Wednesday, April 25, 2012

Past Tent–Present Tents

I grew up with Scouting in my blood. My dad was scoutmaster when I was an 8-year old Cub Scout and he let me hang around with the older scouts, even going on camp-outs.  I loved camping so much that I took advantage of every opportunity to go camping both with the Scouts and with my friends just for fun.  This continued into adult life with Explorer Scouts and family, when …finally I was asked to be Scoutmaster 35 years ago in the Bountiful 8th Ward.  I was so ready for this that I mounted a charge for a hike-in wilderness camp in the Uinta High Wilderness Area for my first summer camp with the boys.  Our preparations included careful planning for food, back-pack stoves, sleeping bags and….light-weight tents.  This is really where this story begins.

I MADE A TENT!  Yup, I had found a company known as Frostline Kits from Broomfield, Colorado, who supplied the best of materials and patterns to make outdoor gear.  The fabrics and materials - light-weight rip-stop nylon, mosquito netting, zippers, velcro (which was new, state of the art), thread, folding tent poles and pegs, nylon cords – were all first class, and the patterns and instructions were impeccable.  All it took was a little time from a beginning seamster (as opposed to seamstress) and Barbara’s sewing machine and I had a top-notch 6-lb. back pack tent. 

Jim's TentThe generous size 2-man tent shown here was complete with rain fly and rubberized bottom for rough weather and a vestibule for ‘indoor’ cooking.  Easy to set up, light to carry.  What more could you want for a week in the Uintas.  We hiked from our starting point at East Fork of the Bear River half-way to our destination the first day and camped overnight, planning on completing our trek to Norice and Priord Lakes the next day.  Milt Anderson (Ass’t Scoutmaster) and I shared this cool new tent.  Since it wasn’t raining, I didn’t put up the rain fly.  Hmmmm…. when we awoke in the morning laying there on the ground we could see hundreds droplets of water all over the top of the tent.  I thought that was interesting and reached up to give it a flip.  Much to my surprise – and education – the droplets were all on the inside of the tent and we were drenched by a cascade of condensation that would have been prevented through the use of the rain fly.

My ‘Frostline’ has served me (and my family, who has also used it) well for 35 years – summer camps, winter camps, backyard camps – with never a leak, never a rip, never an open seam (good sewing even if I say so myself).  Now, back with the Scouts, I’ve had occasion to use it again.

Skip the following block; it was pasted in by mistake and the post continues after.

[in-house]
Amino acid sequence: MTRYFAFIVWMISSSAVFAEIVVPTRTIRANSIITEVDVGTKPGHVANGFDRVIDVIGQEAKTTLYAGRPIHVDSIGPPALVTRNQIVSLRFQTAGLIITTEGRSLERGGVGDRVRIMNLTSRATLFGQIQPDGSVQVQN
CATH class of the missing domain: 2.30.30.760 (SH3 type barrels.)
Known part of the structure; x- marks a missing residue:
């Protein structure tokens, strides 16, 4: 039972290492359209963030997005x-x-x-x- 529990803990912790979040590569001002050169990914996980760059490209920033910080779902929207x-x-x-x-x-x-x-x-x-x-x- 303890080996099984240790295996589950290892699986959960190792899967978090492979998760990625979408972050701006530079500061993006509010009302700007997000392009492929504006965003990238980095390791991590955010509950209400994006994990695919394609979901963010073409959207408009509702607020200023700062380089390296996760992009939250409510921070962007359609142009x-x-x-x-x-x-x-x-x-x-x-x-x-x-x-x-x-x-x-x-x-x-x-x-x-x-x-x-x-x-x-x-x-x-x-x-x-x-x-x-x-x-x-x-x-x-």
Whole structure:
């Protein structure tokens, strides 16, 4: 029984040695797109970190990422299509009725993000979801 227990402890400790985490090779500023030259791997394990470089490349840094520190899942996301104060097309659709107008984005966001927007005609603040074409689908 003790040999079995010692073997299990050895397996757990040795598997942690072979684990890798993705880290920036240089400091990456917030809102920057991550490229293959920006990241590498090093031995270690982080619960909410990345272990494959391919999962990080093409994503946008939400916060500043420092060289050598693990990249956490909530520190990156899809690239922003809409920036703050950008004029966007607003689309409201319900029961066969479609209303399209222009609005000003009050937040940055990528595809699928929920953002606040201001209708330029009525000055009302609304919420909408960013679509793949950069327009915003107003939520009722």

After a recent loan-out for an overnighter, I thought it would be a good idea to throw it in the washing machine seeing as how it had somehow missed this opportunity for…. well 35 years.  Ooopps… not a good idea.  The rubberizing material flaked and came off in little pieces.  Amen to my Frostline TENT.

Wait … maybe there’s some life still in that old tent.  Out came the scissors and back to the sewing machine.  Out of one Frostline backpack PAST TENT came two more PRESENT TENTS.




TENT #1 – Here’s a new use for the rain fly – a rip-stop nylon cover for an air conditioning compressor.  What could be better!








TENT #2 – Here’s a new use for the tent – a rip-stop nylon cover for a 6 HP Troy-Bilt Roto-Tiller.  Perfect!





Frostline Label




My FROSTLINE lives on!!

Monday, April 02, 2012

Just In Case

The natural way of things is to ‘accumulate’. A new pair of shoes, new socks, maybe a new sofa or mattress, even a car, but sadly they wear out, get used up or, heaven forbid, just become ‘old’ and need replacement. Like me. Some things however ‘stick’ to us. They become part of us – in a way our identity. Then we can’t bear to throw them away. Things like, well… a pair of shoes or some old Levi’s we just can’t part with. This is a short story about one such thing.

When I reached the magic age of 18 (1957), I was old enough to sign-on as a brakeman at the Southern Pacific Railroad in Ogden, Utah. Being a rookie I was assigned to the ‘extra board’. This meant that I was on call with my name working up a list of other extra-boarders to fill in as needed in a train crew to run the SPRR freight trains from Ogden to Carlin, Nevada. As with any new job there are ‘things’ you need. Some jobs need pencils, some need hammers, but a brakeman needed good boots (not safety shoes in those days), overalls, warm shirts, a lantern, the ‘Book’ (safety rules to literally live by), extra clothes (the run to Carlin was an overnighter) and ….. a CASE to carry the clothes in.

My Case

Well…. here’s my CASE! I tied a strap to it so I could lug it over my shoulder while climbing ladders on locomotives and cabooses. I don’t remember what I paid for it, but it couldn’t have been much. It was metal (thin) with a decorative paper lining and had reinforced corners and stout latches. The metal was so thin that it was easily dented and just as easily bent back into shape (Click on it and you’ll how remodeled it has become). As you can see it had a lovely faux bamboo grain finish that was beyond durable – it was permanent and not easily scratched. Once on the train it remained tucked in a corner in either the engine cab or the caboose depending on my assignment for each trip.